Nvidia today announced its new Santa Clara headquarters, which seems to rival Apple’s plans for the old HP space in Cupertino.
In looking at both of the artist renderings, while the Apple building is certainly spectacular, I think I’d personally rather work in Nvidia’s shop.
Now what follows is based on a number of assumptions that may turn out not to be true when either building is completed in a couple of years. But I’ve worked in a lot of buildings over the years, the worst was one built by IBM which was all glass but where they had been concerned about people fighting over being near the window so they put a wall between the glass and workers so everyone had that wonderful florescent light experience.
The best was where I had a cubical on a corner with two near floor to ceiling windows looking out over the Great America Amusement park (they kept trying to move me into an office without a good window but I wouldn’t abandon that wonderful corner). Since then, I’ve seen some really great offices like the one Plantronics has near the coast which is almost better than working at home, and the more typical cubicle farms that I think kill workers a little each time they come to work.
Nvidia vs. Apple
If you look at the two pictures, you’ll see a powerful circular building for Apple with a beautiful park in the middle.
A lot of glass on walls and a big solar plant that should be able to minimize the firm’s energy cost. The Circle drive is symbolic to Apple and similar to the circular drive that surrounds their current headquarters. Apple’s current address 1 Infinite Loop clearly is connected to the design of the new building.
Nvidia has chosen two triangles connecting back to the company’s graphic roots. It almost appears translucent and the core design is specifically focused on encouraging collaboration. As a result, it is mostly lit (at least on the upper floors) by natural light but there isn’t the focus on using alternative energy (or if there is you can’t see it from the drawings).
Apple’s culture is more of an office and individual contributor culture and the firm is known for the managed conflicts been software, engineering, and design. As a result, the building appears to be more about personal space and it is likely focused on offices and conference rooms.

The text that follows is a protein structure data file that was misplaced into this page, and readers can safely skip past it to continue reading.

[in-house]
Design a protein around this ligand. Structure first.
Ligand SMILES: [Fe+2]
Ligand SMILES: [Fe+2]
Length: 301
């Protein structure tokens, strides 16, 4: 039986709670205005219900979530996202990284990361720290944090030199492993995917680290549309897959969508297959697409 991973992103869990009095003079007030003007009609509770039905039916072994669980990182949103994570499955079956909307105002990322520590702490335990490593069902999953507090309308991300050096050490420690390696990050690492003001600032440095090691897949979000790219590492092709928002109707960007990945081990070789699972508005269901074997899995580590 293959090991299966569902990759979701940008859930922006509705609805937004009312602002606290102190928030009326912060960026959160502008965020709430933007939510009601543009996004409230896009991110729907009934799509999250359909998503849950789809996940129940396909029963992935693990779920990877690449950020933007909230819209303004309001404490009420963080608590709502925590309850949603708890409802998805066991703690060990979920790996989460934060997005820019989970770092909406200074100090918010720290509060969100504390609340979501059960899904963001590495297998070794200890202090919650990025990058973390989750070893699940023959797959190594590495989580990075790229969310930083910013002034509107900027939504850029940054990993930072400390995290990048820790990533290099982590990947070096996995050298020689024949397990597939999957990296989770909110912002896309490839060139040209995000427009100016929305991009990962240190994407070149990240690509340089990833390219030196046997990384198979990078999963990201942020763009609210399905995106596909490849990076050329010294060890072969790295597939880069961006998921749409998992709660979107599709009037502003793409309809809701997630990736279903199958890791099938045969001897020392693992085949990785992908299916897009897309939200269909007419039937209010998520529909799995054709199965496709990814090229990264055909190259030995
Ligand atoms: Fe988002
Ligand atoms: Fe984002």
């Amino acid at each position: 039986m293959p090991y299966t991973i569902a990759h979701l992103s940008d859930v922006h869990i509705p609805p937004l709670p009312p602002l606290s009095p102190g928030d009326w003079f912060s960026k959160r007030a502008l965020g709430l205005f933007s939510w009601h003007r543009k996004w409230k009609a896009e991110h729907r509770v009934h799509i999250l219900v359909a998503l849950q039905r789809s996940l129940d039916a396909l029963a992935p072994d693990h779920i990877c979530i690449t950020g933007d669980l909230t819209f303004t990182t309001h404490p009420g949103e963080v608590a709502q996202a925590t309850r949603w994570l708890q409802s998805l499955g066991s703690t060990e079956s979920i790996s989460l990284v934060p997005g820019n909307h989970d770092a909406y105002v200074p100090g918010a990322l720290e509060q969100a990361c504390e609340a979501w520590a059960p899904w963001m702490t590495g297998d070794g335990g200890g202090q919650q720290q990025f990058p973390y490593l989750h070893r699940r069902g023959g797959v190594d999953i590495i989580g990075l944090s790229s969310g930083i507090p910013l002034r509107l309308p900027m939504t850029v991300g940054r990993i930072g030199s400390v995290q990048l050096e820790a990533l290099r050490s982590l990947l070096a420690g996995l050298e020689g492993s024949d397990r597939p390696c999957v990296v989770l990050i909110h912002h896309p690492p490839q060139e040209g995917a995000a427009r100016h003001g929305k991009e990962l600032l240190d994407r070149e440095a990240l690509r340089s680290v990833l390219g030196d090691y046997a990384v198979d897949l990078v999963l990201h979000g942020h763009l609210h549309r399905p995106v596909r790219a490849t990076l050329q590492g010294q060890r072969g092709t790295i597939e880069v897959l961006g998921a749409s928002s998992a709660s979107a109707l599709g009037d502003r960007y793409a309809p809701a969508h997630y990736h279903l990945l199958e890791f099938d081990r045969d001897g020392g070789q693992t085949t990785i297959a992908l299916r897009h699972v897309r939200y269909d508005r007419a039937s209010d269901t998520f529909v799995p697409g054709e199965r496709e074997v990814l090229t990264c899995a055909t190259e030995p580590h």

In contrast, Nvidia is more about getting teams to work together and the interior design should be closer to Plantronics and more open, warm, and comfortable.
The end result is that while both buildings are amazing in their own right, if you like working in natural light, and in more of a collaborative friendly environment (and I do) then the NVIDIA approach would be better. If you are very personally competitive, want your own private office, and are willing to work your way toward a window for natural light (typically windows come with rank and status) then the Apple building will be the more attractive choice.
Why Not an Arcology?
Clearly we see in both buildings an increasing approach to an Arcology. In its absolute sense an Arcology eventually is not only to blend building design into an ecologically friendly result but to also include employee living in the mix. This last is being somewhat explored in shopping centers like Santana Row in Silicon Valley which combines living with shopping and offices but isn’t fully contained (most who live there don’t work there). Clearly, Cupertino wanted Steve Jobs to design in living into his plan for the new headquarters and with crime and traffic increasing I still think that eventually someone will blend living and working in the same complex.
In the end, I’m a huge fan of natural light and in open layouts. I think they are much more employee/team friendly and while they don’t have the privacy of offices, I’d be willing to give up that privacy for stronger teams and no florescent lights. I am really not a fan of working under florescent lights. So that’s why I personally prefer the Nvidia design, it just seems like it would be a warner/better place to work I also think that there are good reasons to prefer both designs and that our choice probably says a lot about our own personal values.